I am elated by the sight of Filipinos, young and old, wearing the Philippine map and flag designs on their clothing – with heads help up high! First, I have seen Pinoy rap and hip hop artists donning black shirts with the Philippine flag. Then came the famous Philippine map logo (My Pilipinas) popularized by Collezione C2 designer Rhett Eala.
This new trend in fashion has resurrected a long lost feeling of patriotism in most of our countrymen. From Noynoy Aquino to Edwin Penaflorida; from an ordinary Juan in the street to models on the runway. Everybody is wearing the Filipino pride!
But what about the Flag and Heraldic Code?
With Filipino nationalism becoming the trend, people are capitalizing on the map and flag designs. RTWs with these patriotic themes are selling like hotcakes, not only locally but also abroad. It has become a favorite pasalubong of our kababayans all over the world. But the fuss over this fad had relegated our Flag and Heraldic Code (RA 8491) to the background. It is not surprising because many are not aware of this law which was passed in 1998, the 100th year of our claimed independence. I do not want to be the spoiler here, but this Code actually prohibits the use of our flag as trademarks**, or for industrial, agricultural, or commercial labels or designs (Sec 34[c]). It is also improper and unlawful to add any word, figure, mark, picture, design, drawings, advertisement, or imprint of any nature on the flag (Sec 24[f]) and to print, paint or attach representation of the flag on handkerchiefs, napkins, cushions, and other articles of merchandise (Sec 34[g]).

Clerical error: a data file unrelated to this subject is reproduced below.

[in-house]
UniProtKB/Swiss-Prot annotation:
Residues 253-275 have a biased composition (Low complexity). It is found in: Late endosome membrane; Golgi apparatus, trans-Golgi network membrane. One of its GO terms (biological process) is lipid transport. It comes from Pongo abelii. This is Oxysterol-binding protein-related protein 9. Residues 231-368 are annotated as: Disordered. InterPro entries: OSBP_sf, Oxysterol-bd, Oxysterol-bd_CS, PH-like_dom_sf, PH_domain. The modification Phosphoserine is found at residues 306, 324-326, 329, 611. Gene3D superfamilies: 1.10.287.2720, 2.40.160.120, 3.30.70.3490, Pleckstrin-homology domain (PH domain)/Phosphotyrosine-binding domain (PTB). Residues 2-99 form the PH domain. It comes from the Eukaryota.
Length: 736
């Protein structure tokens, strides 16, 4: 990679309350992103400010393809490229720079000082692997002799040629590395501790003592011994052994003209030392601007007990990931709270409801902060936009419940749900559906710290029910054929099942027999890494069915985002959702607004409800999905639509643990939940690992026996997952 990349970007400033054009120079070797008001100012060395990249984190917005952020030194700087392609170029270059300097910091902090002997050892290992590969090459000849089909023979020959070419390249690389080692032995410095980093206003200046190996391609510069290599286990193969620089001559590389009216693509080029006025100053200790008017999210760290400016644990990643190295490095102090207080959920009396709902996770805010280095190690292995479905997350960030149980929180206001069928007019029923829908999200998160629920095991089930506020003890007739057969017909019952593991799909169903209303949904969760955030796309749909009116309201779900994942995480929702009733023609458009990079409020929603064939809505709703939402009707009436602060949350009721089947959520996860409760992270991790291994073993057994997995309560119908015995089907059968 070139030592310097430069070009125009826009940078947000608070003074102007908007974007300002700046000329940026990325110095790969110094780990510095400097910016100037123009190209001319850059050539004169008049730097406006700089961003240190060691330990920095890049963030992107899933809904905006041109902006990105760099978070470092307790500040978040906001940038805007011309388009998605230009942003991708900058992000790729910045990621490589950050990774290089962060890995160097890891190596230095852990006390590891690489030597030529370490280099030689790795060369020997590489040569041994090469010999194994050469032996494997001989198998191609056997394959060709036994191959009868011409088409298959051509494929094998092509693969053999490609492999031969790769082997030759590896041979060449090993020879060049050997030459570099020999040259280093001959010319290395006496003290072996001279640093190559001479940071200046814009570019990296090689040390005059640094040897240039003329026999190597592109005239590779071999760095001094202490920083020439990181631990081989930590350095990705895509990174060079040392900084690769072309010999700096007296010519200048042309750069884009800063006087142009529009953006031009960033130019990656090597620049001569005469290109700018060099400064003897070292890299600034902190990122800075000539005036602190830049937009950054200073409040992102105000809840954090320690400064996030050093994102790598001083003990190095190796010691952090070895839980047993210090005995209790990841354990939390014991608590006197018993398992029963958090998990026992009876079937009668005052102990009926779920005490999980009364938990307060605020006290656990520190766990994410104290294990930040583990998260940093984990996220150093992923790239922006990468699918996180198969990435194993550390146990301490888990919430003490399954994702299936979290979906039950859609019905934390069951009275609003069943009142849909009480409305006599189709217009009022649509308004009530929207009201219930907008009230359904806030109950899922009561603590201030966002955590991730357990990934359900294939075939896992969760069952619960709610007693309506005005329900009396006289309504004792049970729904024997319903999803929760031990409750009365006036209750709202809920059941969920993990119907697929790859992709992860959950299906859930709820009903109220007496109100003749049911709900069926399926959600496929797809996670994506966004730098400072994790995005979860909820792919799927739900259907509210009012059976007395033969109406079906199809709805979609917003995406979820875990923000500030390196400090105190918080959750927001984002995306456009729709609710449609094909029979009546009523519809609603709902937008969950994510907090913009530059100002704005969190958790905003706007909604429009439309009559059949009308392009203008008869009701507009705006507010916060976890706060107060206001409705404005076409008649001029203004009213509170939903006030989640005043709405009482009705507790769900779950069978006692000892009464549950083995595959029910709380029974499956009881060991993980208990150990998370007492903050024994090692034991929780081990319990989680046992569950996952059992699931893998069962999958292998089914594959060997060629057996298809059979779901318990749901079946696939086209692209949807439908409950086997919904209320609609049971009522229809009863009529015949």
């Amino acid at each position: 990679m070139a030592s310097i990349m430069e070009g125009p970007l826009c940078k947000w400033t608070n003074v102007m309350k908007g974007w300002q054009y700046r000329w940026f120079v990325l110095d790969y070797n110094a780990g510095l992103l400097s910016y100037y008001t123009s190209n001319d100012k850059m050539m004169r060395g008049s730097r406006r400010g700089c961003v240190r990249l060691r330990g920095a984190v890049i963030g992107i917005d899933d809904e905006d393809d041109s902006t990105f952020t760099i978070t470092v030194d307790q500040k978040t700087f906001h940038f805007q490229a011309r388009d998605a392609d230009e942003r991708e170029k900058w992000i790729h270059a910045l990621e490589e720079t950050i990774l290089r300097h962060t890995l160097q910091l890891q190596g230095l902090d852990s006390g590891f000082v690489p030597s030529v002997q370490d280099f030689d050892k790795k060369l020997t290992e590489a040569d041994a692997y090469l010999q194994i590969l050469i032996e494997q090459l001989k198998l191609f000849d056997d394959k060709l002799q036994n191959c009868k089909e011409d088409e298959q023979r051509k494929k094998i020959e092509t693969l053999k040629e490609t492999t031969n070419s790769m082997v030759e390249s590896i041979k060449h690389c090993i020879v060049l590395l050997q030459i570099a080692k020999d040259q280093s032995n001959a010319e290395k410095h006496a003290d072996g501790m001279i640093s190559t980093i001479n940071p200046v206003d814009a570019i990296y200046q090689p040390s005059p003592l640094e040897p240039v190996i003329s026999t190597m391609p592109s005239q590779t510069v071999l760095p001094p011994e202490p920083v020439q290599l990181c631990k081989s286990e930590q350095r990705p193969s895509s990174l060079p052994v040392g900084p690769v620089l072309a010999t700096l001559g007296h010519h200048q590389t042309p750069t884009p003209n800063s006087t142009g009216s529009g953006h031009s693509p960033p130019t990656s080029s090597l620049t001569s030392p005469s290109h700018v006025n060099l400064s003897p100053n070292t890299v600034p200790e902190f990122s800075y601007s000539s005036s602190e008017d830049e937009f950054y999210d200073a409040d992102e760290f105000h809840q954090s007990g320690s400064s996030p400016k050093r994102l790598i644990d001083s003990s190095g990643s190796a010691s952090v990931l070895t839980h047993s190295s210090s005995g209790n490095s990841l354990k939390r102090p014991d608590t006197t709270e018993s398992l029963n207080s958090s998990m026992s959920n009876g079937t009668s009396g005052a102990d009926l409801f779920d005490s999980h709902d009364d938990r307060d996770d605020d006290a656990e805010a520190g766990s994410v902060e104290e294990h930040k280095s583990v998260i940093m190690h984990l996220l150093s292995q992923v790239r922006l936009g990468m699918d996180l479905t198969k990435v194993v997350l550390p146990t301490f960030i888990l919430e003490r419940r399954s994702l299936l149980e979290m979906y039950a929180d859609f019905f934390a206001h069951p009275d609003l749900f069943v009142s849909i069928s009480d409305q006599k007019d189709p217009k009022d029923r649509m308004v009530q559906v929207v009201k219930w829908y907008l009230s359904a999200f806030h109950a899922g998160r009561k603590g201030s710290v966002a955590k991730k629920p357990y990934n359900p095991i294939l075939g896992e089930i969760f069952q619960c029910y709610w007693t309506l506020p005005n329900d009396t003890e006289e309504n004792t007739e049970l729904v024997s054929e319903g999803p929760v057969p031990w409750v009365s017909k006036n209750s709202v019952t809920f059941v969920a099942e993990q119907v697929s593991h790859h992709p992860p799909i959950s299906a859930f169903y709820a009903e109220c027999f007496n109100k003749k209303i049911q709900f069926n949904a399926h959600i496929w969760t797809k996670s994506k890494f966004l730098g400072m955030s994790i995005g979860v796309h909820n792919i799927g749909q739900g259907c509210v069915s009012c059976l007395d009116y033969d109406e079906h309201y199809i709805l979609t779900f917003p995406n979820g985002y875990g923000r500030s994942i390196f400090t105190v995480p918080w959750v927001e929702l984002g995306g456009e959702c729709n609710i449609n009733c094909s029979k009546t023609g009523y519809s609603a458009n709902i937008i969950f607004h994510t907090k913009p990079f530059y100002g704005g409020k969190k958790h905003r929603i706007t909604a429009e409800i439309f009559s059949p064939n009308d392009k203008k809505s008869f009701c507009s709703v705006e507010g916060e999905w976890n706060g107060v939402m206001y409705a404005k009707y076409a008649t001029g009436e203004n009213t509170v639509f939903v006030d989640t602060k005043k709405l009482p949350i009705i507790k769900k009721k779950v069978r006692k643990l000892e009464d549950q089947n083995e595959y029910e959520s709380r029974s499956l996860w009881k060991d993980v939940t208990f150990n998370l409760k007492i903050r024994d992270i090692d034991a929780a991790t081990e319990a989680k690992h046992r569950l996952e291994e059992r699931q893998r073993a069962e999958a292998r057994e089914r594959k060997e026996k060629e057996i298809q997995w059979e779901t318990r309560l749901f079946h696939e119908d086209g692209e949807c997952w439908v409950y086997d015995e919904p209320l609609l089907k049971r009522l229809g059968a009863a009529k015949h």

Different brands of clothing uses different shapes, sizes and drawing of the flag but retained its essential features – the sun and its eight rays, the three stars, and its red-white-yellow-and-blue color combination. These items apparently fall under the prohibitions I mentioned, especially that these are imprinted on clothing sold commercially.
**Under Section 123.1.(b) of RA 8293 (Intellectual Property Code) the flag or any simulation of the flag cannot be registered as a trademark.
What about the small Philippine map on our left chests?
Politicians love to wear it. That small proud figure of nationalism has replaced the small green crocodile sometimes satirized as greed and corruption. Good for them. It will make the job of their PR managers easier. They look so patriotic, if not pathetic.
I have not (yet) encountered a law prohibiting the use of the Philippine map as a design for commercial products. The shape of our map is not an intellectual creation. It is a natural geographical shape. No person can claim ownership over it. Thus, it may be used as a pattern or design for commercial products, logos, and the like.
Hmmm. One “Ninoy” for that gray “My Pilipinas” shirt with a pink map? Not a bad bargain.